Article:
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      Interaction between C-Reactive Protein and Endothelin-1 in Coronary Artery Disease


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          Background: Increased concentrations of serum C-reactive protein (CRP) have been reported to predict major cardiovascular events in patients with coronary artery disease (CAD). Increased concentrations of endothelin-1 (ET-1) are also associated with poor prognosis after myocardial infarction. Hypothesis: We tested the hypothesis that ET-1 might contribute to CRP in prediction of adverse outcome in CAD. Methods: Serum high sensitive CRP and plasma ET-1 levels of 40 patients who have stable CAD and 25 control subjects were measured, and correlation analysis between these molecules was performed. Results: Mean high sensitive CRP was 8.64 ± 12.73 mg/l, and mean ET-1 was 8.24 ± 7.06 pg/ml in the CAD group. We found that there was no statistically significant correlation between high sensitive CRP and ET-1 in either CAD group (p = 0.82), or the control group (p = 0.85). In a subgroup of 13 patients who were not under statin treatment, we found a strong correlation between the levels of these molecules (p = 0.01). Conclusion: Our study does not clearly support or exclude a link between CRP and ET-1 in patients who have stable CAD.

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          Most cited references 8

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          Production of C-reactive protein and risk of coronary events in stable and unstable angina

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            Endothelin antagonism and interleukin-6 inhibition attenuate the proatherogenic effects of C-reactive protein.

            C-reactive protein (CRP) has been suggested to actively participate in the development of atherosclerosis. In the present study, we examined the role of the potent endothelium-derived vasoactive factor endothelin-1 (ET-1) and the inflammatory cytokine interleukin-6 (IL-6) as mediators of CRP-induced proatherogenic processes. Saphenous vein endothelial cells (HSVECs) were incubated with human recombinant CRP (25 microg/mL, 24 hours) and the expression of vascular cell adhesion molecule (VCAM-1), intracellular adhesion molecule (ICAM-1), and monocyte chemoattractant chemokine-1 was determined. The effects of CRP on LDL uptake were assessed in macrophages using immunofluorescent labeling of CD32 and CD14. In each study, the effect of endothelin antagonism (bosentan) and IL-6 inhibition (monoclonal anti-IL-6 antibodies) was examined. The effects of CRP on the secretion of ET-1 and IL-6 from HSVECs were also evaluated. Incubation of HSVECs with recombinant human CRP resulted in a marked increase in ICAM-1 and VCAM-1 expression (P<0.001). Likewise, CRP caused a significant increase in monocyte chemoattractant chemokine-1 production, a key mediator of leukocyte transmigration (P<0.001). CRP caused a marked and sustained increase in native LDL uptake by macrophages (P<0.05). These proatherosclerotic effects of CRP were mediated, in part, via increased secretion of ET-1 and IL-6 (P<0.01) and were attenuated by both bosentan and IL-6 antagonism (P<0.01). CRP actively promotes a proatherosclerotic and proinflammatory phenotype. These effects are mediated, in part, via the production of ET-1 and IL-6 and are attenuated by mixed ET(A/B) receptor antagonism and IL-6 inhibition. Bosentan may be useful in decreasing CRP-mediated vascular disease.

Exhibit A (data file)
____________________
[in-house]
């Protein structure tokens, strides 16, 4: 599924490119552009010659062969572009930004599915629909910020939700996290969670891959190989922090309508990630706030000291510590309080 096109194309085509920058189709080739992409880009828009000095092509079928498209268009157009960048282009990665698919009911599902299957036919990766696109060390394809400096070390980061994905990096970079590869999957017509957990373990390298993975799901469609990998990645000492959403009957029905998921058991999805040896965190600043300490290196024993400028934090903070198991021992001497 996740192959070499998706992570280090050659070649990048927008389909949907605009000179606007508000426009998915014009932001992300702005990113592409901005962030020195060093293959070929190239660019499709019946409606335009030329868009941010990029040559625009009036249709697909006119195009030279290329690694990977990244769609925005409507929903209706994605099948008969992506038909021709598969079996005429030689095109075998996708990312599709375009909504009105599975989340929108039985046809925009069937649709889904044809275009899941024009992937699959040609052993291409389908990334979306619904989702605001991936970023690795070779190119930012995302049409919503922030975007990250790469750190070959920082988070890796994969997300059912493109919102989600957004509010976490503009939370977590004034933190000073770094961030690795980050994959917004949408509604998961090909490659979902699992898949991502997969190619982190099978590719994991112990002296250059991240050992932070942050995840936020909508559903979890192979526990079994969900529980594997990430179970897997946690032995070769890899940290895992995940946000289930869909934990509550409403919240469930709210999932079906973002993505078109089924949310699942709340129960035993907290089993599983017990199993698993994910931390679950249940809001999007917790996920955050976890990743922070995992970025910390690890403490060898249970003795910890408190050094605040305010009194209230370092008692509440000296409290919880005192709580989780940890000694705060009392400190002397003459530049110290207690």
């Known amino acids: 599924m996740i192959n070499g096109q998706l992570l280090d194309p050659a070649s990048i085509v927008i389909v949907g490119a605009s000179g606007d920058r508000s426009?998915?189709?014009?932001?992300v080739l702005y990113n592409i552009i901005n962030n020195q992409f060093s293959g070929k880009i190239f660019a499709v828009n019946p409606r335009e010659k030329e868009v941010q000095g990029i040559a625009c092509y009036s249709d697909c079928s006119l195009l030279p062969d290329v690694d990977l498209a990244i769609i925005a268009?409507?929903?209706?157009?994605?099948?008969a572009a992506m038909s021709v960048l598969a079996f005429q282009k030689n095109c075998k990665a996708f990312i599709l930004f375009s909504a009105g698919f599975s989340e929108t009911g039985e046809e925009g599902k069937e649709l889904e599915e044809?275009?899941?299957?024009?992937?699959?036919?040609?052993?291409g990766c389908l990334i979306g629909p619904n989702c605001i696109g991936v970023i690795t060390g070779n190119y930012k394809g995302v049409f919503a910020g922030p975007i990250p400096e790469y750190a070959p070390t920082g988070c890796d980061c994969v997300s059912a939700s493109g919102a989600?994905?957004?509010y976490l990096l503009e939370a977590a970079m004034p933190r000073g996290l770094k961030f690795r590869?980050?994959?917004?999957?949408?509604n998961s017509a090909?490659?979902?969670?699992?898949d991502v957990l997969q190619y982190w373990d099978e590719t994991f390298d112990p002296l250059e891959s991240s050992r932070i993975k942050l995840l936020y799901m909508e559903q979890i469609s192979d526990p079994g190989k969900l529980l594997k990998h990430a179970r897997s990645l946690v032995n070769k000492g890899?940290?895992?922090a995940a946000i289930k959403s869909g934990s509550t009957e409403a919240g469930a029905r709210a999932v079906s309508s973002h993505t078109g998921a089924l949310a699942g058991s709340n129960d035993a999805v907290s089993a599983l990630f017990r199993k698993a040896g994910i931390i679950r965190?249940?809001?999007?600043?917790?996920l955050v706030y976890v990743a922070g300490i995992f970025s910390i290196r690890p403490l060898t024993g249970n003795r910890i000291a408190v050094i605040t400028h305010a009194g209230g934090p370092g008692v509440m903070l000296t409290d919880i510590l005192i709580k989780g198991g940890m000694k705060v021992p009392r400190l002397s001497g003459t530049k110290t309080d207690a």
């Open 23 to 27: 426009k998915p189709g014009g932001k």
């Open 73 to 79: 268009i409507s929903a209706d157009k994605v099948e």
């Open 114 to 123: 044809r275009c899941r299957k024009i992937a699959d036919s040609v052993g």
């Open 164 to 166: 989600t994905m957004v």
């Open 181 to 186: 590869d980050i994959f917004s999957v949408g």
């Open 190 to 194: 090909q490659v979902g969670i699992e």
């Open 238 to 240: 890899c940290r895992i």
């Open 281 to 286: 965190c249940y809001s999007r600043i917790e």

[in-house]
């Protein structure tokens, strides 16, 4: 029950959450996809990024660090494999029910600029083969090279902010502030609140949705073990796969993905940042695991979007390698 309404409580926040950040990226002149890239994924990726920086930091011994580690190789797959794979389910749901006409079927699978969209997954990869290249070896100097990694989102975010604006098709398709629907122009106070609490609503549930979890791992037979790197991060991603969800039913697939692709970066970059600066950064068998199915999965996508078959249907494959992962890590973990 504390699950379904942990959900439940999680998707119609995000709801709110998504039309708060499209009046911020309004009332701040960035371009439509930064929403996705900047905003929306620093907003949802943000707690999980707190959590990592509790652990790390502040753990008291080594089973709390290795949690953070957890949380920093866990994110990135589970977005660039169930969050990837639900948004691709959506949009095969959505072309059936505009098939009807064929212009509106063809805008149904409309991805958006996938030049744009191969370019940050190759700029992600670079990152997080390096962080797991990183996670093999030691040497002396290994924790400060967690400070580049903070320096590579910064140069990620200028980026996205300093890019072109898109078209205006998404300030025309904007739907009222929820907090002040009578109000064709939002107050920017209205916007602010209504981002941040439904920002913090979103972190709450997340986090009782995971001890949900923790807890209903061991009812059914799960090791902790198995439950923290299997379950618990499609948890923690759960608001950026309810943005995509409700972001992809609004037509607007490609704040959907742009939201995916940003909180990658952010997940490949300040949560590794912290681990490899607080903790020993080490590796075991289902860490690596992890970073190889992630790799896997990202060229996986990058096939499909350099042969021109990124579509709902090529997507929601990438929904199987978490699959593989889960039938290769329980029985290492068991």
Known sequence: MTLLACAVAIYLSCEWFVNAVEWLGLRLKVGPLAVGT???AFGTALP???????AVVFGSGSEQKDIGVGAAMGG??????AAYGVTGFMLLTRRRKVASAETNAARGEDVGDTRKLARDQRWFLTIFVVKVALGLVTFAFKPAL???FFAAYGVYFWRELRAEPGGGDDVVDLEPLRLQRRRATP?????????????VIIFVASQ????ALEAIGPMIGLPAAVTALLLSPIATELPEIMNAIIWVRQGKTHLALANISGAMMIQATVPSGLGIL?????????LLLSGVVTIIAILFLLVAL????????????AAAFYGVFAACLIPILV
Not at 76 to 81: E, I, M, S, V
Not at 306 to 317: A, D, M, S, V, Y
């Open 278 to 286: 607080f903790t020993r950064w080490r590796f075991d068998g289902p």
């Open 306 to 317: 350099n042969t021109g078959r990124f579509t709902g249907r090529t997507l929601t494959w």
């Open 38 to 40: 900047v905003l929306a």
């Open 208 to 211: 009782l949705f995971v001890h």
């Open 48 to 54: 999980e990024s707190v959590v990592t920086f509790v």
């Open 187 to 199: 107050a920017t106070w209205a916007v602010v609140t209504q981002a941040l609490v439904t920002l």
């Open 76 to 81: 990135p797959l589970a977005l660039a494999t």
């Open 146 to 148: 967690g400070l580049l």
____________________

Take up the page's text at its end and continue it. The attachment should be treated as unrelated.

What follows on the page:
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              Effects of the 3-hydroxy-3-methylglutaryl-CoA reductase inhibitors, atorvastatin and simvastatin, on the expression of endothelin-1 and endothelial nitric oxide synthase in vascular endothelial cells.

              Endothelial dysfunction associated with atherosclerosis has been attributed to alterations in the L-arginine-nitric oxide (NO)-cGMP pathway or to an excess of endothelin-1 (ET-1). The 3-hydroxy-3-methylglutaryl coenzyme A reductase inhibitors (statins) have been shown to ameliorate endothelial function. However, the physiological basis of this observation is largely unknown. We investigated the effects of Atorvastatin and Simvastatin on the pre-proET-1 mRNA expression and ET-1 synthesis and on the endothelial NO synthase (eNOS) transcript and protein levels in bovine aortic endothelial cells. These agents inhibited pre-proET-1 mRNA expression in a concentration- and time-dependent fashion (60-70% maximum inhibition) and reduced immunoreactive ET-1 levels (25-50%). This inhibitory effect was maintained in the presence of oxidized LDL (1-50 microg/ml). No significant modification of pre-proET-1 mRNA half-life was observed. In addition, mevalonate, but not cholesterol, reversed the statin-mediated decrease of pre-proET-1 mRNA levels. eNOS mRNA expression was reduced by oxidized LDL in a dose-dependent fashion (up to 57% inhibition), whereas native LDL had no effect. Statins were able to prevent the inhibitory action exerted by oxidized LDL on eNOS mRNA and protein levels. Hence, these drugs might influence vascular tone by modulating the expression of endothelial vasoactive factors.

                Author and article information

                S. Karger AG
                May 2007
                01 February 2007
                : 107
                : 4
                : 340-344
                Marmara University School of Medicine, Istanbul, Turkey
                99048 Cardiology 2007;107:340–344
                © 2007 S. Karger AG, Basel

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                Page count
                Figures: 3, References: 25, Pages: 5
                Original Research


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